Detroit – Part II

Detroit Industry Murals, Diego Rivera,1932, Detroit Institute of Arts

The Mitchnick “Gang of 4” continued onward to the Detroit Institute of Arts; one of my favorite places in the city. Nancy had set up a private presentation of the Diego Rivera murals. If you’ve never been to the DIA or seen these incredible murals in person – you really must! I wish I could remember the name of the docent — he’s a lawyer by day and volunteers at the DIA part-time. What a crazy dichotomy! He was so knowledgeable about the Murals — Not only did we learn about the rich history, he also showed us the hidden symbolism Diego had painted into his work and told us a few stories to boot. I wish I had recorded it!

Four walls. Twenty-seven paintings. Nine months of labor-intensive work.

In 1932, Diego was commissioned by the DIA and Edsel Ford to paint two large murals for the Garden Court with the understanding that the work must relate to the history of Detroit and the development of industry. The investors knew hiring a Mexican artist during the Depression would be controversial, but the men were very impressed with his work and went forward. Frida and Diego packed up and headed East in the summer of 1932 and were in Detroit for almost a year.

Using the ancient fresco technique, Rivera and his workers created the complex murals spanning the four enormous walls. Diego depicted multiple modern industries and technologies historically rooted in the ancient Mexican Aztec people. All while weaving in controversial scenes that questioned technology’s place in the world — both socially and politically.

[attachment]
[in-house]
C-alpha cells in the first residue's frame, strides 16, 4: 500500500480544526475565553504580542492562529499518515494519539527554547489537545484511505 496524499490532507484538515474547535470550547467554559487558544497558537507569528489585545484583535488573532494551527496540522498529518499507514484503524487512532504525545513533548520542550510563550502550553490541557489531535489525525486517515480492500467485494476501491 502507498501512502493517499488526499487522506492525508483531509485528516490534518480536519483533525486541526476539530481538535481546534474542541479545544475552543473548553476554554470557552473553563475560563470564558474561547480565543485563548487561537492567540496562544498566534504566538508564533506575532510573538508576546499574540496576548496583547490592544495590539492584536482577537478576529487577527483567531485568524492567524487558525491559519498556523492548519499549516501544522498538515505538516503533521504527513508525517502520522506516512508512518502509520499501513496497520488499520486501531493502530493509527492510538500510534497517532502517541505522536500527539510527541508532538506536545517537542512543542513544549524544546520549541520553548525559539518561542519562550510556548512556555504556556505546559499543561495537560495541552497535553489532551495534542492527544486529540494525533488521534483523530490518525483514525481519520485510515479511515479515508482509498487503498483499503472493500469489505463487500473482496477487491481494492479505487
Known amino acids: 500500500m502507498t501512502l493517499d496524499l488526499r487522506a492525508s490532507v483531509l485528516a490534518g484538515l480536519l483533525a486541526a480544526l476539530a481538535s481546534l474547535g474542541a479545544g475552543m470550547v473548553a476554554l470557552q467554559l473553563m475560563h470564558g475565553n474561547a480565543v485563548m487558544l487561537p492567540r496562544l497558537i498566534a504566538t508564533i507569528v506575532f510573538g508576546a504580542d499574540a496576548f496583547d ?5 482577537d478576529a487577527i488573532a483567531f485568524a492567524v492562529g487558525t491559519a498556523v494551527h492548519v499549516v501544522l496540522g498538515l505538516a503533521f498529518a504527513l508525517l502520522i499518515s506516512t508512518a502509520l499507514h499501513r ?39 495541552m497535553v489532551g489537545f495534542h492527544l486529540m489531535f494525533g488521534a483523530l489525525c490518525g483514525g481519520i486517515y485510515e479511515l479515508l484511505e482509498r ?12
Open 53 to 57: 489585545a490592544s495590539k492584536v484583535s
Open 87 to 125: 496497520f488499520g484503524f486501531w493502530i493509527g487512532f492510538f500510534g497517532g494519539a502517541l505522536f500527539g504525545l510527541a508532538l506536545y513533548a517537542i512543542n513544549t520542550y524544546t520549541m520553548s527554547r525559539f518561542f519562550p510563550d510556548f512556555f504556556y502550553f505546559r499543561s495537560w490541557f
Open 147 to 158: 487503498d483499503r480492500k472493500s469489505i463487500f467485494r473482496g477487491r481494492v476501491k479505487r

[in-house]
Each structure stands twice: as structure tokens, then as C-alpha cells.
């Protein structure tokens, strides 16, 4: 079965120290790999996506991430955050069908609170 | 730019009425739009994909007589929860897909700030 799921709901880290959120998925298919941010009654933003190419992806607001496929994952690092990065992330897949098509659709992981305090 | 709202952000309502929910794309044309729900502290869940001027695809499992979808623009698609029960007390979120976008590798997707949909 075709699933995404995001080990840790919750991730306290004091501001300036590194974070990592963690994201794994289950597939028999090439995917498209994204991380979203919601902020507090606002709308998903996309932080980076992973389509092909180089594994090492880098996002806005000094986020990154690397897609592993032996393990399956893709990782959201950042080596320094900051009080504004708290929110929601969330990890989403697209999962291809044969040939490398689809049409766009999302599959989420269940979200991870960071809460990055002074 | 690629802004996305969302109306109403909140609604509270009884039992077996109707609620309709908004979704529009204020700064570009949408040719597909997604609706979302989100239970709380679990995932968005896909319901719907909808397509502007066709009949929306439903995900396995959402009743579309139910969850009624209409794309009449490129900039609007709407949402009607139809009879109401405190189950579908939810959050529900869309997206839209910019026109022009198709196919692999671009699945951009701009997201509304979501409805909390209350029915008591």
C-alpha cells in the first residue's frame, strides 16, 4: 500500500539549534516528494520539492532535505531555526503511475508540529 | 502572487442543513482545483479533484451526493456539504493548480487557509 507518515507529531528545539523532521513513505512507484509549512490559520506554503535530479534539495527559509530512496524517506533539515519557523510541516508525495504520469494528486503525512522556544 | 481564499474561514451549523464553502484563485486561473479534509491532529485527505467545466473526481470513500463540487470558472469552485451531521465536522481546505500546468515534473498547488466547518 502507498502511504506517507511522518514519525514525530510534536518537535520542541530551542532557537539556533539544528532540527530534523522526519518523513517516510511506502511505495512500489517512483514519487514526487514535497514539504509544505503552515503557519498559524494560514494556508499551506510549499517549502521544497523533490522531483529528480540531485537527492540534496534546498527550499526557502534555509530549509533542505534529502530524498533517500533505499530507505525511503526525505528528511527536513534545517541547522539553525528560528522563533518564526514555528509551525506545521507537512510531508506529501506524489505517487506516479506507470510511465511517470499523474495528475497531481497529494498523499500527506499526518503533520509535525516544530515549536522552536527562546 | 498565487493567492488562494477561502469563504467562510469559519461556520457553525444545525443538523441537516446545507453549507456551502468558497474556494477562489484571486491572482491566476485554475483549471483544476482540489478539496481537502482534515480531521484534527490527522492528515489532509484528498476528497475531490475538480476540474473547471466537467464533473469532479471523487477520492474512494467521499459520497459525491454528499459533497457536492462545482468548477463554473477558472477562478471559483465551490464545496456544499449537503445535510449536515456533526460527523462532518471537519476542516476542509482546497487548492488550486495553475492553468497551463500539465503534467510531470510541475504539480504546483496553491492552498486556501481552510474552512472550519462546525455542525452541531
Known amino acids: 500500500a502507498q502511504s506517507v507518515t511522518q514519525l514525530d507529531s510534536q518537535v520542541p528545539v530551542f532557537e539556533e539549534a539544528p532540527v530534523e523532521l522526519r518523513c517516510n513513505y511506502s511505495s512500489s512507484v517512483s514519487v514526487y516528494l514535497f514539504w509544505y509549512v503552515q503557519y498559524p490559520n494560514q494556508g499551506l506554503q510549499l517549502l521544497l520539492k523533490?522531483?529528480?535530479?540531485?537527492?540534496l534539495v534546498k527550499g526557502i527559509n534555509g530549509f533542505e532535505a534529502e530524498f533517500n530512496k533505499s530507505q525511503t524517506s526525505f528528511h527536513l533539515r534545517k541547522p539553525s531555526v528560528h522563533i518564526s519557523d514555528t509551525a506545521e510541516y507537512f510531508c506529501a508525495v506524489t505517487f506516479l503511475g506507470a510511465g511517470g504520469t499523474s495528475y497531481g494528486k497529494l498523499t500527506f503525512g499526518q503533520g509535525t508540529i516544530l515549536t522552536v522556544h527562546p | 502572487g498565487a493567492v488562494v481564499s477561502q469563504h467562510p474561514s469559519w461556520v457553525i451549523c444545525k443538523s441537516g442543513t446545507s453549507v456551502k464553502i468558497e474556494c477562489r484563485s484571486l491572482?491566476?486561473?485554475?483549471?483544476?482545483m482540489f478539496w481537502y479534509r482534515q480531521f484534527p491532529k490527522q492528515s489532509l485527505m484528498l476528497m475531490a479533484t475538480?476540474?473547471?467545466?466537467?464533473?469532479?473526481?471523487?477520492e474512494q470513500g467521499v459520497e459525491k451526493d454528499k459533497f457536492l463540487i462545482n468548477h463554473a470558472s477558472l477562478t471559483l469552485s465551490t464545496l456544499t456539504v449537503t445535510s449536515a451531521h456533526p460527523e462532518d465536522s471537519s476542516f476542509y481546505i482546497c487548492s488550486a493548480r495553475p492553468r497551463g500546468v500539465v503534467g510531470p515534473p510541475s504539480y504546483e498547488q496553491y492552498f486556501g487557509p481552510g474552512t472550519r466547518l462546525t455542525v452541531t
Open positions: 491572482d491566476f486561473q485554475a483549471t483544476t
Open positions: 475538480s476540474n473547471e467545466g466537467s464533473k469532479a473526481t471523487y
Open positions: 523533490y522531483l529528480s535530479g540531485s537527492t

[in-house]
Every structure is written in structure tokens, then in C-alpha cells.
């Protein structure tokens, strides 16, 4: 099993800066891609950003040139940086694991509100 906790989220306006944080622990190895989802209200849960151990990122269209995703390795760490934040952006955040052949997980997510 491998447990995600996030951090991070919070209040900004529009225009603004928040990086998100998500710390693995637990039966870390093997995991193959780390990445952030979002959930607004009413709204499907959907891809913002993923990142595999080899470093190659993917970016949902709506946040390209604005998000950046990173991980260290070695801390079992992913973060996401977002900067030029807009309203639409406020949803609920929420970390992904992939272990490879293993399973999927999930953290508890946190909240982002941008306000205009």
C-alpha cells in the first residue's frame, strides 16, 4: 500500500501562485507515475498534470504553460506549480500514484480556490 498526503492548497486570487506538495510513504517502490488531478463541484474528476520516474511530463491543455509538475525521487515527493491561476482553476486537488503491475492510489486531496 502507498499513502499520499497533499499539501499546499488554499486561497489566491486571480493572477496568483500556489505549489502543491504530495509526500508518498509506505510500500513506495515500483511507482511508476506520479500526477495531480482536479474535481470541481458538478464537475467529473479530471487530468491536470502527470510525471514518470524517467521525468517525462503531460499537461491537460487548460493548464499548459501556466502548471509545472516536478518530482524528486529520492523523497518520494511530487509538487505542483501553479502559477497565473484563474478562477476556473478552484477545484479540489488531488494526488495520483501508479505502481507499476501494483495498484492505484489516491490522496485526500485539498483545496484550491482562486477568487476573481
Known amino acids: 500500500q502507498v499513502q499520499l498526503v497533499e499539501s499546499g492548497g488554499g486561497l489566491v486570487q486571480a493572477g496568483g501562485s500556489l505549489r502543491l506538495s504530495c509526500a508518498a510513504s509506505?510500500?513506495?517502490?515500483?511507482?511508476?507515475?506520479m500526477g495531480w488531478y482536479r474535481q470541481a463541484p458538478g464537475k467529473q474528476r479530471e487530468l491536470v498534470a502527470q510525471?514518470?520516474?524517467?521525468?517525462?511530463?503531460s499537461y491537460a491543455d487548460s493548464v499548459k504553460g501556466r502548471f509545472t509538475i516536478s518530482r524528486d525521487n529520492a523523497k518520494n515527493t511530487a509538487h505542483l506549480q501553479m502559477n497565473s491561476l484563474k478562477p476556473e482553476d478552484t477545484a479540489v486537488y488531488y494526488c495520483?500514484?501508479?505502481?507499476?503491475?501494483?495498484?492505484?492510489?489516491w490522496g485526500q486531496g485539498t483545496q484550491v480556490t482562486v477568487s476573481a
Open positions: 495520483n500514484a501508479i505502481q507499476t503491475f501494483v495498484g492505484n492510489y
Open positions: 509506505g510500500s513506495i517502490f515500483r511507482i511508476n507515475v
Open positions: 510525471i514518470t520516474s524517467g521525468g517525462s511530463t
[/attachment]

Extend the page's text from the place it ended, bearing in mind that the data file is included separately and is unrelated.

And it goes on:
When the murals were finally unveiled in 1933, many people objected and said they were crude, vulgar, and blasphemous. Apparently, Edsel Ford never publicly commented on the matter, but he did issue a statement saying “I admire Rivera’s spirit. I really believe he was trying to express his idea of the spirit of Detroit.”

When Frida and Diego arrived in Detroit, she was pregnant with their child and she hated the city! It was hot and stinky near the Rouge Factory where they stayed, and she was bored! Who could blame her? Sadly, Frida lost the baby shortly after they arrived. This proved to be a turning point in her art — after the miscarriage Frida began to paint about her personal life and all its pain — surviving polio as a child and suffering in a horrific bus accident — had left her body a painful mess. This is the Frida that we’ve come to know and love – sometimes I feel that we are soulmates – or the same soul…

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